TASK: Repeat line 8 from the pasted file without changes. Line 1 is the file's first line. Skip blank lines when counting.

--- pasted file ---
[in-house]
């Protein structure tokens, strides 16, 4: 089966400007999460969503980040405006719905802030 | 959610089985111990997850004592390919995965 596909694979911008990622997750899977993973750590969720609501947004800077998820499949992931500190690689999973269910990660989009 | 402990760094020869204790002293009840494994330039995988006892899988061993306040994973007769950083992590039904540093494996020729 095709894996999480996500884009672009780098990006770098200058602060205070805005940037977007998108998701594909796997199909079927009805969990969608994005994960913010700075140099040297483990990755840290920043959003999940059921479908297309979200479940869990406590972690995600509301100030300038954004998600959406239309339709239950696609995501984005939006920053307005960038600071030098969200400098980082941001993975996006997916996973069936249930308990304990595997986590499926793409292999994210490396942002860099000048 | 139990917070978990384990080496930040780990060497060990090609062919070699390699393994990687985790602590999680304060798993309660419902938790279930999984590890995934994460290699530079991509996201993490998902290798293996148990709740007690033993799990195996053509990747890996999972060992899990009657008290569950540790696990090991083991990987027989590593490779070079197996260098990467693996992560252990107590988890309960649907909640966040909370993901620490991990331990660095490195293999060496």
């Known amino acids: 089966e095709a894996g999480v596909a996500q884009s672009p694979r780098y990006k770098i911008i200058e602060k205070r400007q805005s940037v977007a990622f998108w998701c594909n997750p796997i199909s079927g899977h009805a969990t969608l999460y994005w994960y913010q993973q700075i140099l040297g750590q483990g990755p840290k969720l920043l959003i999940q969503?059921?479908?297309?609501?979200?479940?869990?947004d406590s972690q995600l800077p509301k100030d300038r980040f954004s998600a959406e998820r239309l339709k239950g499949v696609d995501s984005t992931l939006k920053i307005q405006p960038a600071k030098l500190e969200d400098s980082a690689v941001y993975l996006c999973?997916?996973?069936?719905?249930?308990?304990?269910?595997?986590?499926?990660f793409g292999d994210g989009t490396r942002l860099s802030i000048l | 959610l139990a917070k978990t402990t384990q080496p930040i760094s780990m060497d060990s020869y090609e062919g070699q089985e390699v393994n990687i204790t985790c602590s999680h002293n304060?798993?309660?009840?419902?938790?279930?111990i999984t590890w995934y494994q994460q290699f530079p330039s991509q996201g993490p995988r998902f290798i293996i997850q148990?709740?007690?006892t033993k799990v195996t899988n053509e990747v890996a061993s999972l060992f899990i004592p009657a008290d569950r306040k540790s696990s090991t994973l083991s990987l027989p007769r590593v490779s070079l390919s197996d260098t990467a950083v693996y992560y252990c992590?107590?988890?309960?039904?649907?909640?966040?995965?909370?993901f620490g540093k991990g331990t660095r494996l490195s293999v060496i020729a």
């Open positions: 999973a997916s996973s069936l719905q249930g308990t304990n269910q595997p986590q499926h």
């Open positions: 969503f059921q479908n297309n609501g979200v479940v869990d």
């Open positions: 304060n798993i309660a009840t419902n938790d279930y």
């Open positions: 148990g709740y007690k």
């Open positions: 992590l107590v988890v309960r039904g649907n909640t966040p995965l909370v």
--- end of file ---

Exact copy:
């Open positions: 992590l107590v988890v309960r039904g649907n909640t966040p995965l909370v």